Is My Retirement Plan Taxable for Social Security and Medicare Purposes?
As an employer, you’re responsible for withholding payroll
taxes from your employees’ paychecks. You might also deduct things like health
insurance premiums, child support payments, and retirement contributions. Some
deductions are taxable, so you’ll take them out of an employee’s paycheck after
calculating their taxes. Other deductions are not taxable, so you will need to remove
those amounts from your employees’ gross pay before calculating how much tax to
Generally, employee retirement contributions are exempt from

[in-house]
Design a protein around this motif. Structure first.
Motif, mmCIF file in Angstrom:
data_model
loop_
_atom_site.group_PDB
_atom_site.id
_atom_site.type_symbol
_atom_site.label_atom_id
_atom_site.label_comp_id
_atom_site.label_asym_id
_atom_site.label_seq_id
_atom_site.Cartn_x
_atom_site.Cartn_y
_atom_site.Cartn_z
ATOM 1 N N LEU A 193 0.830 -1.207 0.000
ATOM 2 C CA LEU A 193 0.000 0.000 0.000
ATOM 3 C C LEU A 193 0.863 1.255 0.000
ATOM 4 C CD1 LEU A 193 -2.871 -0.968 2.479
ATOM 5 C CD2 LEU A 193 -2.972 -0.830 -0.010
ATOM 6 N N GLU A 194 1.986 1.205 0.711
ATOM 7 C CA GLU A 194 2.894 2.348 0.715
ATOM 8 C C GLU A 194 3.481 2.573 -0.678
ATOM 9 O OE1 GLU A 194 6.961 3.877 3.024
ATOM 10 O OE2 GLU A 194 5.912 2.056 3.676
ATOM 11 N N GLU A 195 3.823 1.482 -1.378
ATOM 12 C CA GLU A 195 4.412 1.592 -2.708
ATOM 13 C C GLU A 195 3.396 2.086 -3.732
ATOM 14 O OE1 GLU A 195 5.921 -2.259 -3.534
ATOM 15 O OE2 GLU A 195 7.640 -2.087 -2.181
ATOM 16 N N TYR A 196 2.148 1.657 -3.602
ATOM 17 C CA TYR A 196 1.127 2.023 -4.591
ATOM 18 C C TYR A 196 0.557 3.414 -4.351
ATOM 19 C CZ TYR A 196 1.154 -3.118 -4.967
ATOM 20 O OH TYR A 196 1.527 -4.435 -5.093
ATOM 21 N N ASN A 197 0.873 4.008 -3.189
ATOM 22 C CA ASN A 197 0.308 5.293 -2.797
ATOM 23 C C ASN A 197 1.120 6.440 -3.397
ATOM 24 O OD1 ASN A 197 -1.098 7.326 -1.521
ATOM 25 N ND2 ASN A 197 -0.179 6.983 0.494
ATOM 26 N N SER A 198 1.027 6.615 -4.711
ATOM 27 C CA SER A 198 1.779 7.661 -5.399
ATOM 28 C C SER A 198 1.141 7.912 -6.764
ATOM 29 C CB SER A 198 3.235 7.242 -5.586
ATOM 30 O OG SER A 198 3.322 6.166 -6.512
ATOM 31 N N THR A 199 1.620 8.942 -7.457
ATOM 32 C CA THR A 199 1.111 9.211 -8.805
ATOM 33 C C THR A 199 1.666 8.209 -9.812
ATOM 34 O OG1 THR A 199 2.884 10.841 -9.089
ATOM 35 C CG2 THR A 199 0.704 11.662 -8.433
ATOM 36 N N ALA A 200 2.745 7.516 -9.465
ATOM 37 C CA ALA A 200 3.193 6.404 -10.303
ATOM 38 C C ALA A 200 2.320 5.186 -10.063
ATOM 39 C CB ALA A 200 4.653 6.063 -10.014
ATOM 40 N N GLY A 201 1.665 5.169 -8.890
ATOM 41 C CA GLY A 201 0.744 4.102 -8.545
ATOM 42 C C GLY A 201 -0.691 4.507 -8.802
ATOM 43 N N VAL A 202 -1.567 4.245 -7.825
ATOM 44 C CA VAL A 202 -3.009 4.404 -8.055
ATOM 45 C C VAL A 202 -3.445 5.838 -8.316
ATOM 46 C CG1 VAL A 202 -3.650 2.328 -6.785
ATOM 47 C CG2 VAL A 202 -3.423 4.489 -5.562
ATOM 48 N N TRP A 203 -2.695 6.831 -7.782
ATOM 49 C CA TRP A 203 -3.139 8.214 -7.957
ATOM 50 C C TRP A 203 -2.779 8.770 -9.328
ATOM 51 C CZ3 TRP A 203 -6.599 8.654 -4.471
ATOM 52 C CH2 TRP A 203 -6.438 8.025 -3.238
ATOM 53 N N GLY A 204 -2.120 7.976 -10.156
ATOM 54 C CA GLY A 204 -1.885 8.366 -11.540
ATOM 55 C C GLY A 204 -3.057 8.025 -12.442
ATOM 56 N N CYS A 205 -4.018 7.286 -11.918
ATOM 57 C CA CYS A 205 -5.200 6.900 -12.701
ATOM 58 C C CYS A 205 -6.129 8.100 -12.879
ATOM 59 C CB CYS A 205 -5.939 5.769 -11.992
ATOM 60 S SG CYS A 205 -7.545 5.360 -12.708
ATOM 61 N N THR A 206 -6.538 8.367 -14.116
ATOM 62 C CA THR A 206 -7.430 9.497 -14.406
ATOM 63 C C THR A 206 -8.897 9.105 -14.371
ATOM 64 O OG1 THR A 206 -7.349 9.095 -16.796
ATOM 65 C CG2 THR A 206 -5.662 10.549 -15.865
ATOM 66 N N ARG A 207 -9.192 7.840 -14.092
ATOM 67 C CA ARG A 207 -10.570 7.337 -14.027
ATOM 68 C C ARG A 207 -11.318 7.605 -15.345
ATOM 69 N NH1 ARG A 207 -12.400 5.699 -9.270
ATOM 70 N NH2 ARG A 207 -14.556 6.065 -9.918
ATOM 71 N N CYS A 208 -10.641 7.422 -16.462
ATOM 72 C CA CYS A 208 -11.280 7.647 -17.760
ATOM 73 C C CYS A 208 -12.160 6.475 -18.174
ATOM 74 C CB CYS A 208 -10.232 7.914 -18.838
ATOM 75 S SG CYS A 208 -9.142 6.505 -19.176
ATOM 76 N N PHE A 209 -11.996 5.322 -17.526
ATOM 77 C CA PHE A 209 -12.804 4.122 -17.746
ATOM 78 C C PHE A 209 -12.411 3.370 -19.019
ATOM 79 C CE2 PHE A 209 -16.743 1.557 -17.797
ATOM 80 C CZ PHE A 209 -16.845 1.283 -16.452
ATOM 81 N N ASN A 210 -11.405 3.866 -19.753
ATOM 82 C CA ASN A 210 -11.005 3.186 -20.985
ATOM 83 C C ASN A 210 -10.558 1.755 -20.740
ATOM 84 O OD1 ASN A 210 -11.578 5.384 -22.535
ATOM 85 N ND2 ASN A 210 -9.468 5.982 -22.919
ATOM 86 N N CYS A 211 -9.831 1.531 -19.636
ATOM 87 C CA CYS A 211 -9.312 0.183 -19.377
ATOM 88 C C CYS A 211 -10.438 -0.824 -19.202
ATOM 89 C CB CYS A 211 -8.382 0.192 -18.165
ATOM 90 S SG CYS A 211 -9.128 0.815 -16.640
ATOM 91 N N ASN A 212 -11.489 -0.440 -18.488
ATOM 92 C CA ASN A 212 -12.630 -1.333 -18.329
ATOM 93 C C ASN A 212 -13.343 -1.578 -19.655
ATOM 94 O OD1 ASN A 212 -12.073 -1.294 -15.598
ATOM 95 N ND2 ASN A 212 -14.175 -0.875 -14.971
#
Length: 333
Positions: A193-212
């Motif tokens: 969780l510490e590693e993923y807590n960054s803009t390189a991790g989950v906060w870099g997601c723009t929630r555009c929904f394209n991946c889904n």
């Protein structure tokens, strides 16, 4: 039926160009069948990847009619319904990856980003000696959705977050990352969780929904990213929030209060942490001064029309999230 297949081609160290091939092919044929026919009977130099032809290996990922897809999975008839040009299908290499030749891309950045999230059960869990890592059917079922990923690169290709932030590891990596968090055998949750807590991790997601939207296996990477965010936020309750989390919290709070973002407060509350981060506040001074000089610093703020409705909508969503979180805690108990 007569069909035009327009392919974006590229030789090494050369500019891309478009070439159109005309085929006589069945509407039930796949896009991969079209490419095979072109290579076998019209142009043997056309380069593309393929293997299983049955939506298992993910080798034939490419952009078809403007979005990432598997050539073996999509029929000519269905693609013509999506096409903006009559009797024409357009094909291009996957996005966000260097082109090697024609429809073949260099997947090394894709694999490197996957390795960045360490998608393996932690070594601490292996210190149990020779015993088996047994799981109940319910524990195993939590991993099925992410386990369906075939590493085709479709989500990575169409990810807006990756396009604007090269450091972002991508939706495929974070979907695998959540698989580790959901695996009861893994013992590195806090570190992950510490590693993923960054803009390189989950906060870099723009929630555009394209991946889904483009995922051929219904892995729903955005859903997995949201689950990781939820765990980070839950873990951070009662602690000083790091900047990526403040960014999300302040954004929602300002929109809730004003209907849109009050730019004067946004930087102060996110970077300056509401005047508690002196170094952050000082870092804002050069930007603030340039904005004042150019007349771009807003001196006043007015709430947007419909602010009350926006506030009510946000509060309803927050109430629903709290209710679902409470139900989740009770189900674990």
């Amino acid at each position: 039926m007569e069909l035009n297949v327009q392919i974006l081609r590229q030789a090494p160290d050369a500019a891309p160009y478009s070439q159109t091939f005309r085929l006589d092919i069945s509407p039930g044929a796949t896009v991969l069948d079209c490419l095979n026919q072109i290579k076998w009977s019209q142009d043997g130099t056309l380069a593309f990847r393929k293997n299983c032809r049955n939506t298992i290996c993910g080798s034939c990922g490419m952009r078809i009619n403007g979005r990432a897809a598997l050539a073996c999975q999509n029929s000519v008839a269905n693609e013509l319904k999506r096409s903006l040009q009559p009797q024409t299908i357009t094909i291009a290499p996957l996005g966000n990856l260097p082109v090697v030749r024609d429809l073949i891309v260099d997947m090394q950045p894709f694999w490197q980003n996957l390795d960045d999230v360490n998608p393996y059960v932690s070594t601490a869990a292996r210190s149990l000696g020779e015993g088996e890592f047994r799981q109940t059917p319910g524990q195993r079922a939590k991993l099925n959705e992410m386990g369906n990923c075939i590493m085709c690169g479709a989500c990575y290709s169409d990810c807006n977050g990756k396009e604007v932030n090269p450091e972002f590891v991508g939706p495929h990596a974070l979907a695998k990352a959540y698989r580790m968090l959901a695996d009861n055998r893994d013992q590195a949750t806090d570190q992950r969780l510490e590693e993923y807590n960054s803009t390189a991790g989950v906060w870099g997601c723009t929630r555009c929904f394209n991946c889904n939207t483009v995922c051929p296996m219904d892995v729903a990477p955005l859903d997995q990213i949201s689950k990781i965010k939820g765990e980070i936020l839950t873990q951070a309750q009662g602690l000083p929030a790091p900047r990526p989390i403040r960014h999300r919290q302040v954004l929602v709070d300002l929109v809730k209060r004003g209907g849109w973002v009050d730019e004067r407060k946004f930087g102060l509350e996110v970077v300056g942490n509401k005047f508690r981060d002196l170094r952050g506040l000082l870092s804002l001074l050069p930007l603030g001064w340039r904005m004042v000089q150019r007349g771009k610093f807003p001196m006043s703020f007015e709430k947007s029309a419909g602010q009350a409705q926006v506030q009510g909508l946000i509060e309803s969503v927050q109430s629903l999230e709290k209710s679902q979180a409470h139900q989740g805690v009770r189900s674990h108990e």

federal income tax but are taxable for Social Security and Medicare purposes. Employer
contributions are usually exempt from all taxes, including Social Security and
There are exceptions, though. Roth 401(k) and Roth IRA plans
are taxable to federal income tax. Your staff members might prefer a Roth
401(k) or Roth IRA because they won’t be taxed on withdrawals when they retire.
Employee contributions made to any of these plans, however,
are taxable to both Social Security and Medicare. To calculate your employee’s
taxes, you’ll remove their contribution after calculating Social Security and
Medicare, but before calculating the income tax withholding.
For example, although employers cannot contribute to
traditional IRAs, they can contribute to SIMPLE IRAs. SIMPLE plans are ideal
for small businesses because employers can only establish them if they cannot
sponsor another type. Any nonelective (2%) or matching contributions you make
to an employee’s SIMPLE IRA are exempt from all taxes, including Social
Security and Medicare.